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Family 411: Using online selling to supplement income
CRESCENT SPRINGS, Ky. (Sheila Gray) -- Everyone has a way to deal with the rising cost of living.
Maybe you pack your lunch instead of buying, cut back on driving, or shop at discount stores. Others take to the internet to sell their surplus stuff and financial experts say they ought to use that money to plan for the future.
Jennifer Burdette tells us, "I started when my third child was born because I got laid off from being a stock broker."
Burdette is no stranger to the high cost of raising a family, "Now I have two kids, one's in college, one's in high school, and one's getting ready to go, so I have to have some extra money."
She started selling on eBay 12 years ago. Selling items on eBay is nothing new, but a recent study by MGM Advantage shows 1 in 5 baby boomers are selling their possessions online because they're concerned about staying afloat financially.
"They may have made a mistake and overspent," said financial adviser Jeff Daniher.
Daniher says buying and accumulating too much is common in America. And now people in their 40's and 50's, and 60's are realizing retirement may not be in reach.
"The old version of you retire and you don't have to do anything, that's pretty much obsolete today," he said.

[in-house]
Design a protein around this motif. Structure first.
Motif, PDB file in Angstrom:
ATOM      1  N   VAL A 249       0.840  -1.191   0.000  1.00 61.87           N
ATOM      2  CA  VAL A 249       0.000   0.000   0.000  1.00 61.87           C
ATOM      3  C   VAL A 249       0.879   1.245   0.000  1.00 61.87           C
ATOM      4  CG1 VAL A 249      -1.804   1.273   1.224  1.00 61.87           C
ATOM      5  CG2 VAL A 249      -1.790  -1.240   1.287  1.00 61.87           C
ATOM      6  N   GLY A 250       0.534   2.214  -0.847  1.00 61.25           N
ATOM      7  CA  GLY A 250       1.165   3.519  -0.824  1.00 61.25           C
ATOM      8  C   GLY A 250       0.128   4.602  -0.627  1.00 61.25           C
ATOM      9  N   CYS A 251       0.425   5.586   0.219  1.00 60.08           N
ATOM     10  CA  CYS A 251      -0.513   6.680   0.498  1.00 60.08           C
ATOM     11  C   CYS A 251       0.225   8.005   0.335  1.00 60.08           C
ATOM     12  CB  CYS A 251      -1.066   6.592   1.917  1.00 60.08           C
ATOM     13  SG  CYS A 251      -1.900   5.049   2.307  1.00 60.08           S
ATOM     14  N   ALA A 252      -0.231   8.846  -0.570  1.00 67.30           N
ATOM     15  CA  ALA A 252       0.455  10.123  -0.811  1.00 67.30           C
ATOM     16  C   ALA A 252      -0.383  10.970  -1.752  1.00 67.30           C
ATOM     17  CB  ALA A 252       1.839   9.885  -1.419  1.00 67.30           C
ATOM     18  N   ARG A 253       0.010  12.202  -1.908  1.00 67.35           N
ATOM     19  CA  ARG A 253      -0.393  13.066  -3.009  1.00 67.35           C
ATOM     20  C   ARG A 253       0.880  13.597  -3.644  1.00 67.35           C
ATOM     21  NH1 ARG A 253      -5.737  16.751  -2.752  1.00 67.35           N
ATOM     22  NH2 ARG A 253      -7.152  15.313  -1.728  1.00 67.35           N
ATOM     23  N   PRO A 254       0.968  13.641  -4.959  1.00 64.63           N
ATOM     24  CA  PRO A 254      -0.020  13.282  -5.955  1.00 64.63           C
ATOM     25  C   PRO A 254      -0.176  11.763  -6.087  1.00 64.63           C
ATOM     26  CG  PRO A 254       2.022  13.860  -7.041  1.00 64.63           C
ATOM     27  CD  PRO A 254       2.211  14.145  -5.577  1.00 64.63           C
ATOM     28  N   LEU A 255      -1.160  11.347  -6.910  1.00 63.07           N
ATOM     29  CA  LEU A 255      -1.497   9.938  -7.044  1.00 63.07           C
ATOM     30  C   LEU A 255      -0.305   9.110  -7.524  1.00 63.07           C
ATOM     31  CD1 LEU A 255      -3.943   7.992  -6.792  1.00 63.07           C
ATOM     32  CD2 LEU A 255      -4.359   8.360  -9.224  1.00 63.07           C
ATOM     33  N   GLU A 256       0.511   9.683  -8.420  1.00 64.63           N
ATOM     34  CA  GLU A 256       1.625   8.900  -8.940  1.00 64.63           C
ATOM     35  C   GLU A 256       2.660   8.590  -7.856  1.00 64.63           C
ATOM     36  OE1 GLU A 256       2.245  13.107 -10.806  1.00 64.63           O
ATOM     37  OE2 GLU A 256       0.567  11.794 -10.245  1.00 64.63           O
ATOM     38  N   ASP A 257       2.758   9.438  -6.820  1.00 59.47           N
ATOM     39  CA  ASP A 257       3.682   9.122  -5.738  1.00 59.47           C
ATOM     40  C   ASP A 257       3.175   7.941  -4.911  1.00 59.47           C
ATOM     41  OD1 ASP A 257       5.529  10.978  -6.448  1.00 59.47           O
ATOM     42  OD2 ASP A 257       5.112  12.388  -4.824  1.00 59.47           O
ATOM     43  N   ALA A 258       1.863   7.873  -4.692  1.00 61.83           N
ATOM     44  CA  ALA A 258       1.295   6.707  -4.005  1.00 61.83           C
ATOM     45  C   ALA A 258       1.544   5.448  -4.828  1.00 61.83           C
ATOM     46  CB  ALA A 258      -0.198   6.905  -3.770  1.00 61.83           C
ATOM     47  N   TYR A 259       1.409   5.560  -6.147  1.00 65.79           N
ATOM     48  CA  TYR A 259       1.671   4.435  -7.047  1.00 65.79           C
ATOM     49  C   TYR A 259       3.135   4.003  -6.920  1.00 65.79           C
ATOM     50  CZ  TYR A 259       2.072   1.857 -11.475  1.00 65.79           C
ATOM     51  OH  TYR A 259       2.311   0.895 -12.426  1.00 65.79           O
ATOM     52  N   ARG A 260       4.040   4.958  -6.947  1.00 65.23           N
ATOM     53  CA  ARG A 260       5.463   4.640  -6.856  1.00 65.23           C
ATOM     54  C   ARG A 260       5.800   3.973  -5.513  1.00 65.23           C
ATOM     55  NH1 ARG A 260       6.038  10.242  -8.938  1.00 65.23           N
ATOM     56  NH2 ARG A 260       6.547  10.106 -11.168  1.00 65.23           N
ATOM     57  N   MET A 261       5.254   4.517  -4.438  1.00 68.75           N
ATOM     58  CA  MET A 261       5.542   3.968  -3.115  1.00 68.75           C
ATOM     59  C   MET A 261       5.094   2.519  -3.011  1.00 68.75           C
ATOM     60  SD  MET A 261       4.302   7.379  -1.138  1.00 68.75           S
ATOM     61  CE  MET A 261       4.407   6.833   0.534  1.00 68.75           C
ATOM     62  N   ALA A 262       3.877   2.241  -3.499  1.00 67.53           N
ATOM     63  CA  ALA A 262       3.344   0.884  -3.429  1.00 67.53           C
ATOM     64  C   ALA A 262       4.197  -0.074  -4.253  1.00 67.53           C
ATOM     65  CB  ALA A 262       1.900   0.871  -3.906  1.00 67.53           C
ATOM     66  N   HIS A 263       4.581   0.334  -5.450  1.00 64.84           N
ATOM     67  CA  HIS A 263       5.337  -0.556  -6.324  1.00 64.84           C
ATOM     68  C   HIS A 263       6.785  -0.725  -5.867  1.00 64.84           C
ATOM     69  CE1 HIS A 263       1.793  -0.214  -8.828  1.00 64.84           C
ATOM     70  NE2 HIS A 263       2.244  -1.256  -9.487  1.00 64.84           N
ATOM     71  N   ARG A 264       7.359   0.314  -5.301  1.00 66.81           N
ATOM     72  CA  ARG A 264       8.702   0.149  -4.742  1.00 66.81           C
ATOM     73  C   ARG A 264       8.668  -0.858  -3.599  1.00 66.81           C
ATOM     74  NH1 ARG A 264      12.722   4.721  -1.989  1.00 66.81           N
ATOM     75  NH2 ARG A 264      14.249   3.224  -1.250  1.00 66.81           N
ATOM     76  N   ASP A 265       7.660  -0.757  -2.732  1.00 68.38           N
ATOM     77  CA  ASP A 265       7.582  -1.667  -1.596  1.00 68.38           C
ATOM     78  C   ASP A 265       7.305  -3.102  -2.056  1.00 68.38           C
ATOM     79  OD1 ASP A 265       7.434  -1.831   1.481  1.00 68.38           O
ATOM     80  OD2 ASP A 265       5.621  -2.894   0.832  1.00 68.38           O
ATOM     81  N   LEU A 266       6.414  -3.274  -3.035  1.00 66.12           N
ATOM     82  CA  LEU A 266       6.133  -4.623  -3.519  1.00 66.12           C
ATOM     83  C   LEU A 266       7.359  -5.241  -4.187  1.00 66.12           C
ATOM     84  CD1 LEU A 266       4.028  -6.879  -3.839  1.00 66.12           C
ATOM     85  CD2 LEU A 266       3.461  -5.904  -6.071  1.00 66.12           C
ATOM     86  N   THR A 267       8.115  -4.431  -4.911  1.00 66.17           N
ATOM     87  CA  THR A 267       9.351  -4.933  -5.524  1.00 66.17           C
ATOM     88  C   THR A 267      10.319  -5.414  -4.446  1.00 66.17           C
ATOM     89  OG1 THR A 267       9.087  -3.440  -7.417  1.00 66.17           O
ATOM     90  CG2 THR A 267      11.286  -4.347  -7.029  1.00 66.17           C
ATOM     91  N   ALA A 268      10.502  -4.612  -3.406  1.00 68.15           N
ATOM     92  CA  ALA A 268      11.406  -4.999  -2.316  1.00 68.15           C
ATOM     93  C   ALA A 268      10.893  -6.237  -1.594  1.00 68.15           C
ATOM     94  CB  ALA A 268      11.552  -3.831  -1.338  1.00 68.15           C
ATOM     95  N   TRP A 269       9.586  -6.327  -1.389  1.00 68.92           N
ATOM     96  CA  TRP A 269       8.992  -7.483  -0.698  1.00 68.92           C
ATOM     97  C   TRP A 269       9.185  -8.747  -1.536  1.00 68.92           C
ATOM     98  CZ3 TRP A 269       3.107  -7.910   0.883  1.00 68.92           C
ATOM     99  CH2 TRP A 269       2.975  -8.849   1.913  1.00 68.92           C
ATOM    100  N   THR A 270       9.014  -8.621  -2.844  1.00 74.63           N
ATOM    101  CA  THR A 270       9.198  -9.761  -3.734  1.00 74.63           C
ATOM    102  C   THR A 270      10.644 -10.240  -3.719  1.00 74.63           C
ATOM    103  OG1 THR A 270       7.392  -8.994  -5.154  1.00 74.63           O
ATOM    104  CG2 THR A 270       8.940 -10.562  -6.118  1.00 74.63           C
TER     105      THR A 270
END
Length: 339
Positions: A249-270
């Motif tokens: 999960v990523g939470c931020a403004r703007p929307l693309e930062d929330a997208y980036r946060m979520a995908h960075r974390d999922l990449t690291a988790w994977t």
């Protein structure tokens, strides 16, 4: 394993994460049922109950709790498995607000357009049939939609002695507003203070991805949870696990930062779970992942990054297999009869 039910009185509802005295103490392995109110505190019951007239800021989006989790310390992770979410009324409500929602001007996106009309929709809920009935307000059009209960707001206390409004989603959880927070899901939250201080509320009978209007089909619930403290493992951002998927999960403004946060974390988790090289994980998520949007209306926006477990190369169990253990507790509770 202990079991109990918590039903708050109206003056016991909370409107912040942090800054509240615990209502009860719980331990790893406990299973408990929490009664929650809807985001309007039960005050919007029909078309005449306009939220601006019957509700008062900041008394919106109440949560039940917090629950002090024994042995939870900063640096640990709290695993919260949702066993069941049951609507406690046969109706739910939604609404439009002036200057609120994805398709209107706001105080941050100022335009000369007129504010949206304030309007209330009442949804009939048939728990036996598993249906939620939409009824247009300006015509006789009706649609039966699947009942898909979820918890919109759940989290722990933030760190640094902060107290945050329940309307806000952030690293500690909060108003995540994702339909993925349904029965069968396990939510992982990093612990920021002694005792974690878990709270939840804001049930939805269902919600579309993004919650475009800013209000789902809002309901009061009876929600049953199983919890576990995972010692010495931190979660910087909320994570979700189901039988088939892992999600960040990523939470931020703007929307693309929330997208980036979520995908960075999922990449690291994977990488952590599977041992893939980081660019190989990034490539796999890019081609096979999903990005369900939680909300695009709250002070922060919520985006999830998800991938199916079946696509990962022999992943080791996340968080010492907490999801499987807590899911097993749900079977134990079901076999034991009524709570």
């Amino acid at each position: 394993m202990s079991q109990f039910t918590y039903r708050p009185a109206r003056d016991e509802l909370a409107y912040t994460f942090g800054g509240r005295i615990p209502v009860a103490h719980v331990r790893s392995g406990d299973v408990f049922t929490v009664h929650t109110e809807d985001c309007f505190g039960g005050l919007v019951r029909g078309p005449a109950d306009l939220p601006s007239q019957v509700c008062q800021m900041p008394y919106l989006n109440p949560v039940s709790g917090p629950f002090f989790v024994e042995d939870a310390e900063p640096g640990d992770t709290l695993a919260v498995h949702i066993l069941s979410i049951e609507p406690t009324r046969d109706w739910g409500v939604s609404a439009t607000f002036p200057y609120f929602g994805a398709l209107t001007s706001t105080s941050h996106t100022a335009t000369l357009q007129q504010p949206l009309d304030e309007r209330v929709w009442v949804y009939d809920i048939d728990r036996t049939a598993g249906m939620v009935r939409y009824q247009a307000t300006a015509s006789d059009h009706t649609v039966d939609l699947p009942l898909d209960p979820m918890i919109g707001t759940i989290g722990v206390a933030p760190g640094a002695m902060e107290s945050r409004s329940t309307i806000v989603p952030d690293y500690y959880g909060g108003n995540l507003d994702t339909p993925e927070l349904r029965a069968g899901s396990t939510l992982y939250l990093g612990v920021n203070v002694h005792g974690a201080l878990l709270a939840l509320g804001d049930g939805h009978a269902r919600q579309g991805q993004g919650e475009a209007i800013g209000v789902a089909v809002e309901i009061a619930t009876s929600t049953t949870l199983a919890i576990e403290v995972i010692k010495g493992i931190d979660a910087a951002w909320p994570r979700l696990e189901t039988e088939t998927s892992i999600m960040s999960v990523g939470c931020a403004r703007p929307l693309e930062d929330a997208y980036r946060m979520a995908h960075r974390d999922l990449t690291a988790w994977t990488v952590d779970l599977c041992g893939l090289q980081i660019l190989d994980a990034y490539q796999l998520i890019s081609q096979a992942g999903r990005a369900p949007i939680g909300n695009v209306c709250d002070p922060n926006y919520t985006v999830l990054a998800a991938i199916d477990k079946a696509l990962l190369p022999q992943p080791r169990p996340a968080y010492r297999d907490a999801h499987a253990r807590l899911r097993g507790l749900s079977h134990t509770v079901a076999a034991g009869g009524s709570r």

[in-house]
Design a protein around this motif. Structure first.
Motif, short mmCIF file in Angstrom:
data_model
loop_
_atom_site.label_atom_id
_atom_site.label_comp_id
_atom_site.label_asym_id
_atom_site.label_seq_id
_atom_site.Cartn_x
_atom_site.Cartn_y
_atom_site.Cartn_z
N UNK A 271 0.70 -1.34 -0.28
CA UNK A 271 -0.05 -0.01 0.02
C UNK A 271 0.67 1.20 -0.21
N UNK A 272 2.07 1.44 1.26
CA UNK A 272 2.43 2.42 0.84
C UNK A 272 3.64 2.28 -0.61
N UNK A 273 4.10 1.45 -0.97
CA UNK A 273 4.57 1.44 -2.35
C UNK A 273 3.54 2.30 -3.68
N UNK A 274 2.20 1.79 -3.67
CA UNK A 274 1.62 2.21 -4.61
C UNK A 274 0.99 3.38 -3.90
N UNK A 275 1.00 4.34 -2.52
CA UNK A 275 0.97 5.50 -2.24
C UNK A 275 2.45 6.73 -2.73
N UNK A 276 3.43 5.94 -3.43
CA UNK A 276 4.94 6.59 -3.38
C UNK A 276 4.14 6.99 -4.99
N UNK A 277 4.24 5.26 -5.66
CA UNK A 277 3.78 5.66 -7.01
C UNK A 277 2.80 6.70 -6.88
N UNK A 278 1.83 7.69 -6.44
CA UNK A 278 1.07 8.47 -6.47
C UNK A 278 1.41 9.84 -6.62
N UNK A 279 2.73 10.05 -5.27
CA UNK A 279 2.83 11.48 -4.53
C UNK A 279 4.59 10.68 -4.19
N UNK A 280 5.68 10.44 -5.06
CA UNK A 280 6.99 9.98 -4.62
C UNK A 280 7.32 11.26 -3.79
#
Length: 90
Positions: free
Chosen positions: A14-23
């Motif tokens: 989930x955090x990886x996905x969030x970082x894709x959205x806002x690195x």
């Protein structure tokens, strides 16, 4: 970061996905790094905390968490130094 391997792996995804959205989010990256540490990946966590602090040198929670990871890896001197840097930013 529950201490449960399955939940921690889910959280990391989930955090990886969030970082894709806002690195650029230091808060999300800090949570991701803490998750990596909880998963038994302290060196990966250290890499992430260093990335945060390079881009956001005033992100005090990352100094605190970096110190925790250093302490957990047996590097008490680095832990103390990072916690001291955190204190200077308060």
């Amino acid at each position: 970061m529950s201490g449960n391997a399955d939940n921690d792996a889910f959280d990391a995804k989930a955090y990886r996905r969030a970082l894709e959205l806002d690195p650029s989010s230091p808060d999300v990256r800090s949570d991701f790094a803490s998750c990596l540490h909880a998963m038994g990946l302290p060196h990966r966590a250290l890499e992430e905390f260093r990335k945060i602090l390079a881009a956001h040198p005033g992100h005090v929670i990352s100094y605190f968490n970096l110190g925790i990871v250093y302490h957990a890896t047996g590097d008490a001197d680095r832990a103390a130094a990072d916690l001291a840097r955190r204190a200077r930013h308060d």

And it's the number one concern for baby boomers ahead of staying healthy and the death of a spouse. Jeff became an eBay seller years ago when he needed extra cash, and he says selling some possessions could be a good way to start changing some habits.
"Take that money and put it into your retirement plan, pay down your debt or get it so you have an emergency fund," Daniher said.
Over the years Jennifer has made up to 400 dollars a week on everything from her own kids' clothes to things she finds at estate sales.
She tells us, "It's kind of like gambling. How much can I get for this?"
For her, the online gamble has turned into guaranteed income and something Jennifer enjoys.
That study Sheila mentioned also shows about 30 percent of baby boomers plan to downsize their homes to fund living costs for retirement.
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